April 25, 2016

Taxi Medallion Loan Portfolios: Is the Stress Real or Exaggerated?

Taxi medallion loans have been under fire since market disruptors like Uber have entered the scene.

Taxi drivers in NYC have certainly been feeling a dent in their pockets as a result of the rise of cab alternatives like Uber and Lyft. And the impact is now trickling down to their lenders.

Banks and financial institutions with exposure to the taxi industry are feeling the brunt of the whittling taxi businesses. As the prospect of increased medallion foreclosures and a fall of the medallion market continues, lenders that are invested in medallion loans could be facing losses.

Queens-based Melrose Credit Union has recently been experiencing a spike in delinquencies and bad debts in its taxi medallion loan portfolio to almost $400 million. With $1.6 billion in taxi medallion loans in its portfolio, that equates to 78 percent of the credit union's total loan portfolio. This puts the firm in a position to potentially go out of business, get sold, or be taken over by the government.

Only $32,000 worth of Melrose's taxi loans were delinquent at the beginning of 2014; today, the figure is a staggering $206 million.

BankUnited Inc. also has a high concentration of medallion loans on its books totaling $212 million at the end of 2015. Approximately $78 million of its portfolio is reportedly substandard, but only $7.9 million were in delinquency.

A Decline in Medallion Prices Make Them More Difficult to Sell

The realm of taxi lending was a strong one for decades as medallion prices tended to always be stable. In fact, prices have been steadily increasing for the past 50 years until industry disruptors like Uber, Lyft, and other similar entities entered the scene.

Since then, such rising competition has caused medallion prices to reverse this trend and are now on the decline. It was only a couple of years ago that medallions would sell for over $1 million. The last medallion sale - over six months ago - brought a mere $700,000 to the table.

As prices are feared to reduce even further, and income streams for hack owners ebb, borrowers are falling behind on their loans.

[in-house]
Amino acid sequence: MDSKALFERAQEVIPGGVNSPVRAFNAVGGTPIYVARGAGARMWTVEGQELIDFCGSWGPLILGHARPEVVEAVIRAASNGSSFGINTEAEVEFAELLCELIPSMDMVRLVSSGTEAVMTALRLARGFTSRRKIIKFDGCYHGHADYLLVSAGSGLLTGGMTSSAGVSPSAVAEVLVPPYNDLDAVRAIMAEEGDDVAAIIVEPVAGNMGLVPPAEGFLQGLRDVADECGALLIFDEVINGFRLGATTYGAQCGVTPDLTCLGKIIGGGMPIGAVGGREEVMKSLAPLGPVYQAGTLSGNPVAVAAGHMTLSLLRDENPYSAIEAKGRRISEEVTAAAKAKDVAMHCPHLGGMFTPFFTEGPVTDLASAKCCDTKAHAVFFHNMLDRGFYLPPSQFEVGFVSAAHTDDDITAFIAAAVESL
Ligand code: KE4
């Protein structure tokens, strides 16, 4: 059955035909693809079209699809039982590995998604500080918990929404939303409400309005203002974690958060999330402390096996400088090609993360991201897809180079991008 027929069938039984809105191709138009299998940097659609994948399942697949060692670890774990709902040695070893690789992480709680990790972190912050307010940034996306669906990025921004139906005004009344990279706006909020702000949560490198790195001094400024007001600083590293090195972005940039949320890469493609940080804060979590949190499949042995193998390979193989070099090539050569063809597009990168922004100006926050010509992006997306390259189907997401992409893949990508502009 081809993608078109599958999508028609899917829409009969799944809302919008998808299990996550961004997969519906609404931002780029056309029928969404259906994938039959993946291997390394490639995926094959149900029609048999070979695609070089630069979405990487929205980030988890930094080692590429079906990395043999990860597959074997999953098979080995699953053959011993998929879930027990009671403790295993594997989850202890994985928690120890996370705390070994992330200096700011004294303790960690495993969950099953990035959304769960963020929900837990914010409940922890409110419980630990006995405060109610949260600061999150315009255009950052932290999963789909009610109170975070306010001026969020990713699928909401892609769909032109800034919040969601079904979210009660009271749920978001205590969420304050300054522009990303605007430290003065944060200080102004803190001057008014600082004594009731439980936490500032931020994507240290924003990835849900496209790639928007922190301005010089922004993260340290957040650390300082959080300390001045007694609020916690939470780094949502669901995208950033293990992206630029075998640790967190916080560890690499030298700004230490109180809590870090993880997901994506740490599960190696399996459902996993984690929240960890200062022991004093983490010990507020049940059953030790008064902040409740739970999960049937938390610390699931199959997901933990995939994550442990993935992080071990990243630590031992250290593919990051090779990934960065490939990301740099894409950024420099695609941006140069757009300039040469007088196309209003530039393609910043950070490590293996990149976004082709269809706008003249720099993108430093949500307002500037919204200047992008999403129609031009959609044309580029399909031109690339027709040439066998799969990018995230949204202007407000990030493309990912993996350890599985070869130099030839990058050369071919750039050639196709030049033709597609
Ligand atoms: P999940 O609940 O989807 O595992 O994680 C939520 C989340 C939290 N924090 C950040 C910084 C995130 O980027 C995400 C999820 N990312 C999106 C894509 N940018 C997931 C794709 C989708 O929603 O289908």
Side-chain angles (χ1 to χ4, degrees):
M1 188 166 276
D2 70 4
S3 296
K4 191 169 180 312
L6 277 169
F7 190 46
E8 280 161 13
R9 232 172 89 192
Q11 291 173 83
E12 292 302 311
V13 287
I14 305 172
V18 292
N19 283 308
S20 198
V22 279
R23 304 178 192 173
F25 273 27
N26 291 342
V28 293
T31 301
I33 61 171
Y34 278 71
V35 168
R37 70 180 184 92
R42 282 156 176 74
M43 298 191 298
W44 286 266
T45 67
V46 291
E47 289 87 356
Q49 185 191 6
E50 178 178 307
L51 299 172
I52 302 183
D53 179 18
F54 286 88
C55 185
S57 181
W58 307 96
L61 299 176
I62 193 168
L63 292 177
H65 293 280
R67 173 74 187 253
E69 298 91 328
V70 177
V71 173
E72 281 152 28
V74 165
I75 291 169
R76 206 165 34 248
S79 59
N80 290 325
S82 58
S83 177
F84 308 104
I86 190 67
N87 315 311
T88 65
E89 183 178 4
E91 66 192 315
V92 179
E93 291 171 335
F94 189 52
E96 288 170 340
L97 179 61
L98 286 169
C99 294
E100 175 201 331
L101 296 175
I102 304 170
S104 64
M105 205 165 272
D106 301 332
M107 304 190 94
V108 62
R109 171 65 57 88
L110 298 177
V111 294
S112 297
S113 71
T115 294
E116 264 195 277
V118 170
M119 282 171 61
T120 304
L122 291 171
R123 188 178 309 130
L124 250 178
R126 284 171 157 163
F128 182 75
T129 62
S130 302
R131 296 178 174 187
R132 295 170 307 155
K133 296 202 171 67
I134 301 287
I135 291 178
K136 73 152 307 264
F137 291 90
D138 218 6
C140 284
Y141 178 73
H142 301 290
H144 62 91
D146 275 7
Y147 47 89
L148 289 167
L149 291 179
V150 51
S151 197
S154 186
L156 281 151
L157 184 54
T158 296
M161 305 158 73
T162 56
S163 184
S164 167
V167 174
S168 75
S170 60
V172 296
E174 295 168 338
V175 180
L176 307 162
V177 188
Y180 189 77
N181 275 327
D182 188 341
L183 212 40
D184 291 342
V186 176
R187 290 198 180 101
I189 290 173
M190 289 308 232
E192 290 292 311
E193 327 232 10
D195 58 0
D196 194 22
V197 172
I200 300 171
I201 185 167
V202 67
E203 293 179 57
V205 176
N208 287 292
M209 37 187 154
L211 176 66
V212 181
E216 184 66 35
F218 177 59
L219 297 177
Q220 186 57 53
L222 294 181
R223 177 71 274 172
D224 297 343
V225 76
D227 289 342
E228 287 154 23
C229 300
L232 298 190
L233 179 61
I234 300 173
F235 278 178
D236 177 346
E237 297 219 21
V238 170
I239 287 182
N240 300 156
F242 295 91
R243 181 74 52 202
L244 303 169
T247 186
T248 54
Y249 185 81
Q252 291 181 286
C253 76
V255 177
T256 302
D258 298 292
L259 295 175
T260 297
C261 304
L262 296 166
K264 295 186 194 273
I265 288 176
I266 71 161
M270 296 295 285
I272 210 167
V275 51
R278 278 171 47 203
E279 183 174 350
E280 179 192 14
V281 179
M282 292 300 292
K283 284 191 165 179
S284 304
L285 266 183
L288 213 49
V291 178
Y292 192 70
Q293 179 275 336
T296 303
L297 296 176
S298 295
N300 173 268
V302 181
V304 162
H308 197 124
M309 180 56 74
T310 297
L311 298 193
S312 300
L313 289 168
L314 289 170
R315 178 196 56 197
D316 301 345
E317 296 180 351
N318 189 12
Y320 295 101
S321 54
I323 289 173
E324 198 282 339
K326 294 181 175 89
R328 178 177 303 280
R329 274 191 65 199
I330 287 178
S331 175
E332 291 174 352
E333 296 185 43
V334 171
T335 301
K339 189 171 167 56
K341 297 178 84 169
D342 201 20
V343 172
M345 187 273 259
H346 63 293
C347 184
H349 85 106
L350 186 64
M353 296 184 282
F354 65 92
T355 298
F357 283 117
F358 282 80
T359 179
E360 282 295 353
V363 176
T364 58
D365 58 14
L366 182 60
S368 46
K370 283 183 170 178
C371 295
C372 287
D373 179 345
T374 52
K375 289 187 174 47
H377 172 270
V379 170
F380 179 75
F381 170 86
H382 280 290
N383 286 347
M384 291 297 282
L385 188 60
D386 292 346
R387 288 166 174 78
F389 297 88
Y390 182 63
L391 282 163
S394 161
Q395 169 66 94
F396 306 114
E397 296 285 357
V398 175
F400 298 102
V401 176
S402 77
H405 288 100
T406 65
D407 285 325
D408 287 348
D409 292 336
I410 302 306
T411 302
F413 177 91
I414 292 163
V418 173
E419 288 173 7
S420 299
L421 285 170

Banks Are Re-Evaluating Their Loan Portfolios

As medallions become increasingly difficult to sell largely as a result of market shakers like Uber and Lyft, banks are increasingly scrutinizing their exposure to taxi medallion loans and are taking the appropriate measures to beef up reserves.

Despite such success of Uber, it doesn't necessarily point to the demise of taxi medallion loans.

BankUnited has put aside reserves that cover approximately 5 percent of its medallion portfolio in order to cover any potential longĀ­-term losses.

While banks with heavy concentrations of medallion loans argue that they'll make the necessary changes to ensure long-term survival of their medallion loan borrowers, they're concerned that added stress from pressure stemming from Uber and others of its kind will continue to upset the taxi loan market. As such, they're keeping a much closer eye on this component of their loan portfolios.

Is the Fear Exaggerated?

Despite a dip in medallion prices and continued competition from Uber, Lyft, and other firms like them, medallion loans aren't necessarily down for the count. The impact of a decline in taxi ridership on taxi medallion lenders relies on the quality of the underwriting. Yet even portfolios that are experiencing the greatest amount of stress aren't necessarily ready to be written off just yet.

BankUnited, for instance, has yet to realize a major decline in the overall portfolio. Out of $212 million, only $2 million of the loans are past due.

While Uber has experienced great success up to this point, it's not necessarily positioned to completely overshadow conventional New York City taxi companies. According to Uber's own internal study from 2015, Uber drivers are quitting at a 50 percent rate after 12 months of driving. They're not making the same level of money that taxi drivers make, and New Yorkers aren't necessarily ready to bail on street taxis just yet, if ever.

New York's taxi industry is heavily regulated, which is a key factor in how well the industry is able to deal with the disruption.

At any rate, this is still an area where banks may be more prudent to hold these medallion loans rather than selling them. Non-bank buyers of medallion loan pools would be looking for returns of 12 to 15 percent. At such rates, banks would be better off keeping these loans on the books and working with their borrowers.

Eventually, the market will reach equilibrium, and lenders with solid underwriting practices will be the ones with the strongest loan portfolios.

Garnet Capital can help support banks and lenders with heavy concentrations of medallion loan portfolios to ensure adequate protective measures are put in place as the industry continues to balance itself out.

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